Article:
This section is from the book "The Florist And Garden Miscellany". Also see: All New Square Foot Gardening: Grow More in Less Space!.
E. Brande, Esq. in the chair. Messrs. Veitch of Exeter exhibited a beautiful Medinilla. It measured four feet high and as much through, and from the ends of the branches hung down large panicles of rosy-pink flowers. It was stated to be a plant of easy management, and is altogether one of the handsomest stove-shrubs we have received for some time. A large silver medal was awarded it. - Mr. Plumbly, gardener to E. J. Dimsdale, Esq., received a Banksian medal for four large Heaths. - Messrs. Jackson of Kingston shewed a nice light-coloured seedling Camellia, named Countess of Ellesmere, of which we have given a coloured plate; and Mr. Ambrose of Battersea had a variety of Azalea Gledstanesii, called Magnifica. - Mr. Henderson of the Wellington-Road Nursery had several small plants of Cantua bicolor; and along with them a light-coloured continental Gloxinia, called Frederick Leming. - Messrs. Rollisson of Tooting produced Epimedium pinnatum, a double-flowered dark purple Auricula, a well-flowered Dendrobium macro-phyllum, a good Oncidium sphacelatum, and Mr. Lowe's Cypri-pedium (C. Lowei), a beautiful variety of this curious genus.
A Banksian medal was awarded. - Mr. Glendinning of the Chiswick Nursery received a certificate of merit for a seedling Heath, a cross between E. Hartnelli and E. aristata. - Messrs. Loddiges sent a pink-spotted Trichopilia from Costa Rica, for which a certificate of merit was awarded. - Mr. Williams, gardener to C. B. Warner, Esq., produced Oncidium tetrapetalum, Saccolabium denticulatum, Bate-mannia Colleyi, Ccelogyne cristata, and the long-tailed Cypripedium (C. caudatum). A certificate of merit was awarded. - A branching cut spike of Ansellia africana was exhibited from Chatsworth. - Mr. Brown produced one of his fumigators. From the garden of the Society came Dielytra spectabilis, a beautiful Chinese plant which is expected to prove hardy; Boronia tetrandra, a species in the way of B. pinnata, and sold in the nurseries under the name of B. microphylla; Nutallia cerasiformis, a green-flowered Californian shrub of no beauty; some Cinerarias; the sweet-scented Rhynchosperrnum jasminoides; and other plants.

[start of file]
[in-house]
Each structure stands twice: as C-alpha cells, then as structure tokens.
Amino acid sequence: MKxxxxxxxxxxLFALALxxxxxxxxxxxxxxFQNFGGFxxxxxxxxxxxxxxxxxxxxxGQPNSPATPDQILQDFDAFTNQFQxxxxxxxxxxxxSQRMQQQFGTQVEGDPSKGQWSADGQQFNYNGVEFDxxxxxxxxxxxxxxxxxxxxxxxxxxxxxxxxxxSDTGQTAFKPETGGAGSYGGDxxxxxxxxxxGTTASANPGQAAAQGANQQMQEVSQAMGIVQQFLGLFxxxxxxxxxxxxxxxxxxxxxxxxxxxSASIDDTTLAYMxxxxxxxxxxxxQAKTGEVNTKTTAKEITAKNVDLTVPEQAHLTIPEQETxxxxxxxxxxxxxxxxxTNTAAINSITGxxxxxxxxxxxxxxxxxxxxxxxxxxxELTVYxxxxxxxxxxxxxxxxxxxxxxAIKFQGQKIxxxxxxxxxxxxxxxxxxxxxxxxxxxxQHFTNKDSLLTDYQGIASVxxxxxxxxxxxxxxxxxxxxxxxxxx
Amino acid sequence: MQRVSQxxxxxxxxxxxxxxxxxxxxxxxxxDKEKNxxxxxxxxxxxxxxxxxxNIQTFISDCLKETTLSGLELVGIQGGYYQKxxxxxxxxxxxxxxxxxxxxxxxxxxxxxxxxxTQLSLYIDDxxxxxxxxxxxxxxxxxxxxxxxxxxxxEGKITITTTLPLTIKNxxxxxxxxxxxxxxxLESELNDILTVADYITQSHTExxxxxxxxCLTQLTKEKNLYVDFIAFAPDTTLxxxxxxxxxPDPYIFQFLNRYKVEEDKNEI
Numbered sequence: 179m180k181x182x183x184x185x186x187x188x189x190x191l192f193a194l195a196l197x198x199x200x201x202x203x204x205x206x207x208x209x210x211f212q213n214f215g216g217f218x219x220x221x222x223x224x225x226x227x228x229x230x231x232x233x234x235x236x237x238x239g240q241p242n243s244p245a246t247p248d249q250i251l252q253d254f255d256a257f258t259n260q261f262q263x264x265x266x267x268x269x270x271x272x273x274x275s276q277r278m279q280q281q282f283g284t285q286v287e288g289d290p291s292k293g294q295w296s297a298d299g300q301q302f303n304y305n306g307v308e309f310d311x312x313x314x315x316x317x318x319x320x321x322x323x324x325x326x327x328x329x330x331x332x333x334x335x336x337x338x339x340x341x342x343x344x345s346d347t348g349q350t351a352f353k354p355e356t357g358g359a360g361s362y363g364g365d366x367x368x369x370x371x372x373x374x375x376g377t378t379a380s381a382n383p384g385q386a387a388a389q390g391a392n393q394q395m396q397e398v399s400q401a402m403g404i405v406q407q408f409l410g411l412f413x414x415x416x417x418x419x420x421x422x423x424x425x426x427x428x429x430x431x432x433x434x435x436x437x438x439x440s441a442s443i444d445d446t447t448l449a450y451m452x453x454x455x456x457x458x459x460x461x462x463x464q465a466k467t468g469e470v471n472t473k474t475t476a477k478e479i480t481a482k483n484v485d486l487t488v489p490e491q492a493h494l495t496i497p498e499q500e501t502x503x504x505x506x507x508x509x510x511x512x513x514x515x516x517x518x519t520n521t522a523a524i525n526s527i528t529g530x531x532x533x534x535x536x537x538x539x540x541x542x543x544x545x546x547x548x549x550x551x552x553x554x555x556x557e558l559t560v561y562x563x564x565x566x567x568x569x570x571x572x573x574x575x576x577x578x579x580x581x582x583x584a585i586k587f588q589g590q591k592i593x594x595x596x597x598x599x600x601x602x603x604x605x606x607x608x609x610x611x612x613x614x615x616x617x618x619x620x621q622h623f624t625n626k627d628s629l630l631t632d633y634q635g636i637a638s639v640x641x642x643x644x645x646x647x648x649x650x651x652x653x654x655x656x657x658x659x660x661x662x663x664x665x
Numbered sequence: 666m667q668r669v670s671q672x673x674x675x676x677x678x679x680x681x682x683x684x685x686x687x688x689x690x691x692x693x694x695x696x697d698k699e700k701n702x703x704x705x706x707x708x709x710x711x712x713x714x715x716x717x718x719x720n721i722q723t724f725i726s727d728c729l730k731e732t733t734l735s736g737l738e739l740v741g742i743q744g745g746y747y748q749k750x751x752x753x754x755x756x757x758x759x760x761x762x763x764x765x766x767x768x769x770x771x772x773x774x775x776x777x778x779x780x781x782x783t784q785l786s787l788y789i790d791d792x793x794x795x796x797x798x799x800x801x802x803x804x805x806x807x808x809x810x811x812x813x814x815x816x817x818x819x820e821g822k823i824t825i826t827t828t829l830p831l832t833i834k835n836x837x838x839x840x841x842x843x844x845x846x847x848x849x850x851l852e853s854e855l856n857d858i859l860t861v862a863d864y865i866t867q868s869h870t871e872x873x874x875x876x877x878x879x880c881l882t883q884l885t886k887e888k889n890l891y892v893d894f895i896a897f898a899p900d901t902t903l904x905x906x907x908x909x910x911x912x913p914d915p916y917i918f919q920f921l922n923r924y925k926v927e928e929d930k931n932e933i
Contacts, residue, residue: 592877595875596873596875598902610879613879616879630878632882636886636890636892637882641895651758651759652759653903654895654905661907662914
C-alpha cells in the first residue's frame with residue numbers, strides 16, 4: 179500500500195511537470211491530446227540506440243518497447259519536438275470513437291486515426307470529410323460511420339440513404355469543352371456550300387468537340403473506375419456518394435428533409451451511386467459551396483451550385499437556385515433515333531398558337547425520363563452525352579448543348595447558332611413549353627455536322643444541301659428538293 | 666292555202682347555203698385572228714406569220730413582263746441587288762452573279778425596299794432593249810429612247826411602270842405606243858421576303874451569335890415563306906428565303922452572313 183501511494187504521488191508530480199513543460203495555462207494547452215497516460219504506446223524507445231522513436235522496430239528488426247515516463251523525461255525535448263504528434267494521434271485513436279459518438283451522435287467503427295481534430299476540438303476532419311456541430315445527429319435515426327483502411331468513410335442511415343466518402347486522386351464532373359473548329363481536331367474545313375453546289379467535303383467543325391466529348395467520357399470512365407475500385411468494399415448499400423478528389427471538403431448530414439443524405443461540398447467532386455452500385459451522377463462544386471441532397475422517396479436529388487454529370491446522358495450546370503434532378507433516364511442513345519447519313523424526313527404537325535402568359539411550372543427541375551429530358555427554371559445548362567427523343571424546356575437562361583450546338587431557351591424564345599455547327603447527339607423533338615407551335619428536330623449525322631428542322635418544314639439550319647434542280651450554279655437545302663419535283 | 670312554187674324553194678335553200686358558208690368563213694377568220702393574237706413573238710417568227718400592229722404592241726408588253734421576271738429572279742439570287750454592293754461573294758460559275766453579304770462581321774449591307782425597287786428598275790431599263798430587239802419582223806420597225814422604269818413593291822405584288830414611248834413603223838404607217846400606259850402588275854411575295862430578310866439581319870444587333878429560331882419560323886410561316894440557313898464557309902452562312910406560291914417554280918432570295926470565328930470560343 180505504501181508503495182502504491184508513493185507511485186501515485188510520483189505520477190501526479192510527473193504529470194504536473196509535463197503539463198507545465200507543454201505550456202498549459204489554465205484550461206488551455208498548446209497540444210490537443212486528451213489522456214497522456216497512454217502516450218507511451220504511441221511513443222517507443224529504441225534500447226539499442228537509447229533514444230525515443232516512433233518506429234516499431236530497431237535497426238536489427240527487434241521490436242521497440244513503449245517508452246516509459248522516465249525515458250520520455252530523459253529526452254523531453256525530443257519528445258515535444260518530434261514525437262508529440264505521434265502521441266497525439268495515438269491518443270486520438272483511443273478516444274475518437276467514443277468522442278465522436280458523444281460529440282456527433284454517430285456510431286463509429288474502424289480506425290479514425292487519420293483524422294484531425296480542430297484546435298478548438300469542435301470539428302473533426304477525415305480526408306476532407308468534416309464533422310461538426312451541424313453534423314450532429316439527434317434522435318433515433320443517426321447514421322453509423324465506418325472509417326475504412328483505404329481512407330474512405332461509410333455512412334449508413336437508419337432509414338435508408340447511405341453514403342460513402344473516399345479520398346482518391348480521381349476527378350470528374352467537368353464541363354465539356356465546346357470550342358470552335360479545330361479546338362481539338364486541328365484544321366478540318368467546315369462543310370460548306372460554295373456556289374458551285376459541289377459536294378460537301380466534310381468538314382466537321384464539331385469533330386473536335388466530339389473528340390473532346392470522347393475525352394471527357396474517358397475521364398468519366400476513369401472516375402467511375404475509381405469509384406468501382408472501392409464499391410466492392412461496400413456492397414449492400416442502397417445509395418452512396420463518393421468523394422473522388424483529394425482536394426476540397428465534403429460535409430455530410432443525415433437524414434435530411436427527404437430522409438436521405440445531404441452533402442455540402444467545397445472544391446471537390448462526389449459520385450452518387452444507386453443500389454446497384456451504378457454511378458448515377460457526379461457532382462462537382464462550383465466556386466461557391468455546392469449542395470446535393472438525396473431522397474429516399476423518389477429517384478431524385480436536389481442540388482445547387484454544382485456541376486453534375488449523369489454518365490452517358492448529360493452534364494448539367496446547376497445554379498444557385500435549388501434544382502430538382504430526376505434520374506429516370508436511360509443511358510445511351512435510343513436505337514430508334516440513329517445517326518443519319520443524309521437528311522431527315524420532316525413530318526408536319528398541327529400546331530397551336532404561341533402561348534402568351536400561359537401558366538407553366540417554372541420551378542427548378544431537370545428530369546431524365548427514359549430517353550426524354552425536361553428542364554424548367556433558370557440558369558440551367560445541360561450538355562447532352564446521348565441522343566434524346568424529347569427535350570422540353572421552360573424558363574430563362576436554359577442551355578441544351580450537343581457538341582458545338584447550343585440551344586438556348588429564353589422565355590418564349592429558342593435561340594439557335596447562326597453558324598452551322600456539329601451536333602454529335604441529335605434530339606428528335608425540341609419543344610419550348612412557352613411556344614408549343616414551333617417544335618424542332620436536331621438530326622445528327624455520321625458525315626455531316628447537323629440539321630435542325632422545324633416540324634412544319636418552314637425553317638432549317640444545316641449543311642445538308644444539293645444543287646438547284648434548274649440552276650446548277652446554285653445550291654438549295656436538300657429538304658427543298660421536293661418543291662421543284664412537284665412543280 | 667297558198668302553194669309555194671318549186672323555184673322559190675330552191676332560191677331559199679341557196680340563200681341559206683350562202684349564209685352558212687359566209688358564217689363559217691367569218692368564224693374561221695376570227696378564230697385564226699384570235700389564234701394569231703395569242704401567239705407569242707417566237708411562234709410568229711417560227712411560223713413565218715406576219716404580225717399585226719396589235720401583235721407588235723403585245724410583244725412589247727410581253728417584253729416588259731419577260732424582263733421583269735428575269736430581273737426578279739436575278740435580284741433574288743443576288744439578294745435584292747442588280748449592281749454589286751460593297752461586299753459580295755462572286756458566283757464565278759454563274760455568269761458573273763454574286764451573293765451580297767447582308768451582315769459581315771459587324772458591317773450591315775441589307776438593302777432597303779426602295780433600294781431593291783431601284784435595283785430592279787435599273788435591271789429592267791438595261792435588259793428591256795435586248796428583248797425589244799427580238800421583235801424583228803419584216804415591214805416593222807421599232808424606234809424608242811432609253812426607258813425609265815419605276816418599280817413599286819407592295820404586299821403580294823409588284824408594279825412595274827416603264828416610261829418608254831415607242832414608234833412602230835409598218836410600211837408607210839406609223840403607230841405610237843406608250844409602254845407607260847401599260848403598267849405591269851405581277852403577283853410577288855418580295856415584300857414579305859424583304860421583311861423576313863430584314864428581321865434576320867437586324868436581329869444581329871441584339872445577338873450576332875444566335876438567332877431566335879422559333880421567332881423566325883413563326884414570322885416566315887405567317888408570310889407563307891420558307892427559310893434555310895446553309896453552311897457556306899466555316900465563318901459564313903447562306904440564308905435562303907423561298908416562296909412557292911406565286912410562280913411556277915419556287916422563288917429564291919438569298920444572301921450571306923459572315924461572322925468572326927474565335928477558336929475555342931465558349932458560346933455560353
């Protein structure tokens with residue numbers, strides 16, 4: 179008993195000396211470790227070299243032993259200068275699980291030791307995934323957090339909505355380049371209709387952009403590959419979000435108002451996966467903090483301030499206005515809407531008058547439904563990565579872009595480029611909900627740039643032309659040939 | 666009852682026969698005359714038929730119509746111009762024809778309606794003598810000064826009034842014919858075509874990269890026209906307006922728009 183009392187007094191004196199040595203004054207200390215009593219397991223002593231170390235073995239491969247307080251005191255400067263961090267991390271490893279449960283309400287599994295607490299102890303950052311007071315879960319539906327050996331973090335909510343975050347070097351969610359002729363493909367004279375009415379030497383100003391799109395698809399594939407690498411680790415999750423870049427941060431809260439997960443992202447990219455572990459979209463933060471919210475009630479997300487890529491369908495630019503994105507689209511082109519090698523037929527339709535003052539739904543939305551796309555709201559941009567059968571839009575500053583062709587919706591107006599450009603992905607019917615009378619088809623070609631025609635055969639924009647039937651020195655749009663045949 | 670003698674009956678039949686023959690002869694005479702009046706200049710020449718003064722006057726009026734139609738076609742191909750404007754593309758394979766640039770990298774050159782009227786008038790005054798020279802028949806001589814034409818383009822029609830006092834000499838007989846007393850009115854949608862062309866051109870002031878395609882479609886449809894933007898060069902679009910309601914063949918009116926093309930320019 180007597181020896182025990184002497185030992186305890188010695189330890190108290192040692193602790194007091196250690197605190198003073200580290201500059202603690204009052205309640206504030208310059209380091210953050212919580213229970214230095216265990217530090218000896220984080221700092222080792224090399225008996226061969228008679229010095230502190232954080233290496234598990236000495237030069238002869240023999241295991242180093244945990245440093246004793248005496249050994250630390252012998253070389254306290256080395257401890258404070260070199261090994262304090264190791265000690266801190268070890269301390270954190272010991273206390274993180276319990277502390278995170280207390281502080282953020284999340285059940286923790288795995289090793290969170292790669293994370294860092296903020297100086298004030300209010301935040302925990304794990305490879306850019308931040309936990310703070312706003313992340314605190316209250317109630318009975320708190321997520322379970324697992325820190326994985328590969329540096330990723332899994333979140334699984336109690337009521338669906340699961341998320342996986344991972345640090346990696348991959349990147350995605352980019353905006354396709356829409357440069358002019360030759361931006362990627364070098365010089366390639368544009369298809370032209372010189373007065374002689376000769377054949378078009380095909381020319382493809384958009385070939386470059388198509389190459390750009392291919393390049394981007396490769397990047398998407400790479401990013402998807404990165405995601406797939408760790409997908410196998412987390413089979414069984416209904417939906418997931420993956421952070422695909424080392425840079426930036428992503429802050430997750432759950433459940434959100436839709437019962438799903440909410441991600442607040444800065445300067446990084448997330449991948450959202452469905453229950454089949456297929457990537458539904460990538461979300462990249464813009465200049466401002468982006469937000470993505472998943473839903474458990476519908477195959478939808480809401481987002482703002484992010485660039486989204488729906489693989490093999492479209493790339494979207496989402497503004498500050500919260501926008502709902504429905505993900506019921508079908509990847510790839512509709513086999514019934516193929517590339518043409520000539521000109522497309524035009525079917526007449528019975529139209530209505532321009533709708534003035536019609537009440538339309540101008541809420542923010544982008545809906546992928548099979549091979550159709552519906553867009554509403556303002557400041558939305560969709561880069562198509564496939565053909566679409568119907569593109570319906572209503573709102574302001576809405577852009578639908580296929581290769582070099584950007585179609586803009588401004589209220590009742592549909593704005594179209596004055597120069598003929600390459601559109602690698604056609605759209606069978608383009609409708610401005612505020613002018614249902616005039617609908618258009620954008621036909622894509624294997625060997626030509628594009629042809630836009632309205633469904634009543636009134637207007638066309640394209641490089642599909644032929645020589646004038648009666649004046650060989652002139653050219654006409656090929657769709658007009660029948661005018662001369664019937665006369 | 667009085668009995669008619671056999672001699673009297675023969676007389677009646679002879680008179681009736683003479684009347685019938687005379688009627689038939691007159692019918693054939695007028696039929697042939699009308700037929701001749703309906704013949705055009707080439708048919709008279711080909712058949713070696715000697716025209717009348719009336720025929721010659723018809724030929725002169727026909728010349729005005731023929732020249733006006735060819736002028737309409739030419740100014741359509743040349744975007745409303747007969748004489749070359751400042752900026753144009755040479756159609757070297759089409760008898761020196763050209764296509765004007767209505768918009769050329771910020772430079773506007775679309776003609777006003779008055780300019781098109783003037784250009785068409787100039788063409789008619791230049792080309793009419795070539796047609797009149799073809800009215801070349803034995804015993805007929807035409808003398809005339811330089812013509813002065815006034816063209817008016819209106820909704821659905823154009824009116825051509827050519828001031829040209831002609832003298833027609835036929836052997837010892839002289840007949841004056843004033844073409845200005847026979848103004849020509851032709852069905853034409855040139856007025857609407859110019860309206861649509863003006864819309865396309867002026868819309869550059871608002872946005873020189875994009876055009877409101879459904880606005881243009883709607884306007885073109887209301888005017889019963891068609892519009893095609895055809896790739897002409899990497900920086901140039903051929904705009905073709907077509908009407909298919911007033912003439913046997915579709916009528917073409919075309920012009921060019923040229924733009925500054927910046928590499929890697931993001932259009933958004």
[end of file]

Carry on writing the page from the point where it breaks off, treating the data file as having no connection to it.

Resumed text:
R. S. Streatfield, Esq. in the chair. Messrs. Veitch exhibited a new and promising Clianthus from New Holland, which we should like to see again. It had brilliant red flowers and a grey-coloured foliage. A larg silver medal was awarded it. With it was the beautiful Dendrobium Farmerii. - Mrs. Lawrence sent a fine plant of Cattleya Skinneri, the same pink-spotted Trichopilia mentioned before, a pretty small white-flowered Heath called Nitida, and the Chinese Enkianthus reticulatus. A Banksian medal and a certificate wtre awarded. - A long cut spike of a new brown-coloured Oncidium was shewn by Sir P. G. Egerton, Bart.; and Mr. Lane of Great Berkhampstead had a plant with one flower on it of the rare Warrea discolor. - Mr. Henderson of St. John's Wood sent three Cinerarias; Epimedium colchicum, a pretty yellow-flowered hardy plant; and Ceanothus papillosus, of the merits of which little can be said in its present state. A certificate was awarded. - Azalea " de-lecta," a very large bright rose-flowered kind, which received a certificate, was shewn by Messrs. Fairbairn of Clapham; and Mr. Ayres of Blackheath had a small but well-flowered Pimelea Verschaffeltii. A certificate was awarded. - Messrs. Henderson of Pine-Apple Place sent Siphocampylus Manettiseflorus, a pretty greenhouse plant; some nice Cinerarias, the best of which were, Adela Villiers; Gran-dissima, a good blue; Cerito; and Madame Sontag, small but pretty, white tipped with blue, and dark disc.
Also an interesting collection of Hyacinths, which were much admired, and three small blue-flowered New Holland plants of little moment. A Banksian medal awarded. - There were some nice examples of wax flowers from Mrs. Temple of Connaught Terrace, Hyde Park. Among plants from the Society's garden, that which pleased us most was the double white-flowered Chinese Peach, which is hardy, and certainly a very fine thing. As it flowers early, its blossoms are, however, all the finer for a little protection from the cold nights of spring.